Demand flexibility is a crucial element for a smart grid to leverage in order to maintain stability. Fortunately, the potential for behind-the-meter flexibility in the residential sector is particularly promising. A report by Wood Mackenzie found that there is currently ~47 GW of demand-side flexibility in the U.S residential sector alone, and it is forecasted to reach ~88 GW by 2023. This growth in demand flexibility could be in part due to PV incentive structures evolving towards self-consumption as it incentivizes system owners to consume more of the energy they produce. This is leading to consumers installing EV chargers, solar batteries, and other smart energy devices to better leverage the production of their PV systems. However, in order for these distributed energy resources to truly offer any value in terms of self-consumption and grid stability, they need to be smartly managed both locally and at the macro level.
Key to managing these new flexible energy resources is the smart inverter, which acts as an energy manager for PV, storage, EV charging, and other smart appliances, in addition to grid interaction. At the local energy system level, the inverter can be programmed to maximize self-consumption, such as storing excess solar energy in a battery for later use or shifting consumption to match PV production. While at the grid level, the inverter can manage these underlying demand-flexible resources to support grid stability, such as discharging batteries into the grid to meet demand or pausing EV charging to decrease demand. Due to the inverter’s location as an interface between the local energy system and the grid, it also plays a strategic role in the deployment of virtual power plants (VPPs). VPPs pool PVs, batteries, and EV chargers in the cloud to instantly and automatically modify generation or consumption in order to stabilize grid frequency and voltage and more efficiently meet demand. Within the framework of VPPs, the inverter is responsible for disaggregating commands to underlying distributed energy resources (DERs). VPPs support three scenarios: meeting supply shortages, hedging pricing volatility, and maintaining grid stability. An example of a VPP meeting a supply shortage would be that in an area in which supply cannot meet demand, a utility is able to preschedule battery charging so that they can be discharged when needed, meaning substations do not surpass expected capacity.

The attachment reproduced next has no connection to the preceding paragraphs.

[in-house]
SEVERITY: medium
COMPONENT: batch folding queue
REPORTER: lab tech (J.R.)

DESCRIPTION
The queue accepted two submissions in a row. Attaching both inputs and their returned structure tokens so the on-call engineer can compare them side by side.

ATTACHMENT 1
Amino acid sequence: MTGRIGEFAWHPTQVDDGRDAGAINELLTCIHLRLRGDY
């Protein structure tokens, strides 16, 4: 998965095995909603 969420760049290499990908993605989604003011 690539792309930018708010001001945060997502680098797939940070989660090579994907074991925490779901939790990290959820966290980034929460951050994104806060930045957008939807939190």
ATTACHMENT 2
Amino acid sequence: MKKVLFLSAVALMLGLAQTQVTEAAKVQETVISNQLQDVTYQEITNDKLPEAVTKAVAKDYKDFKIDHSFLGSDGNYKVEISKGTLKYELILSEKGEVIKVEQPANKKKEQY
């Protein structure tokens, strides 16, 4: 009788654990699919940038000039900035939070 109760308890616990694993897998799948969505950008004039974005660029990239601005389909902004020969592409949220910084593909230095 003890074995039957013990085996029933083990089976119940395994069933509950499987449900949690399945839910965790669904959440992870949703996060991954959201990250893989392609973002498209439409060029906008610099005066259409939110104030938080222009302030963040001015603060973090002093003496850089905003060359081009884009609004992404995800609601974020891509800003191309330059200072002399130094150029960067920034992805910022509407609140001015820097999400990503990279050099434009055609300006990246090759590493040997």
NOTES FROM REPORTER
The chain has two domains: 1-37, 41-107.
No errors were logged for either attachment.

One of the main reasons that VPPs are a promising new addition to the energy ecosystem is that they provide value to all stakeholders. System owners who participate in VPPs by allowing the utility access to their batteries or EV chargers, enjoy increased ROI for their systems either from upfront subsidies for hardware or from monthly rebate programs which grant the utility access to batteries and EV chargers. Energy suppliers also receive value with increased protection from price peaks, due to capped pricing that hedges against price volatility. This has the potential to save energy suppliers $30-80/kW per year. Lastly, Distribution Network Operators (DNOs) can defer building costly (~$10-20M) and often underutilized network infrastructure by leveraging pooled energy in VPPs to instantly overcome local supply shortages., By providing the flexibility to gradually increase storage capacity to meet a growing demand, VPPs eliminate the need for DNOs to purchase costly voltage regulator equipment, saving thousands of dollars per feeder.
Demonstrating their value and real-world capabilities, VPPs are already being deployed across the globe. For instance, SolarEdge has already worked with various utilities to deploy VPPs in different countries, such as the United States and Australia. In California, when a utility required load shedding for an ISO-triggered demand response event, SolarEdge provided VPP access to a fleet of residential storage systems. During this event, which lasted throughout three consecutive days, the VPP gave commands to all the connected storage systems in the area to charge batteries from the PV. Afterwards during a four-hour period each day, the batteries were discharged at a desired power and duration in order to provide power to the grid.
Another example of a VPP in action is when a Massachusetts’ utility required load shedding during three hours of peak demand. SolarEdge provided VPP access to a fleet of residential storage systems. During the load-shedding event, the batteries provided site-level energy supply with no grid export in order to match site load, meaning the homes were temporarily operating off-grid during this time. These applications show that as more PV systems and batteries are installed and help create a decentralized model of energy distribution, VPPs gain more access to more energy and thus their potential to support grid stability increases. However, the implementation of VPPs is only the first step for the smart grid. Combined with the power of artificial intelligence, machine learning, and data analytics, the technology behind VPPs will ultimately further evolve to make insight-driven decisions for optimizing energy allocation.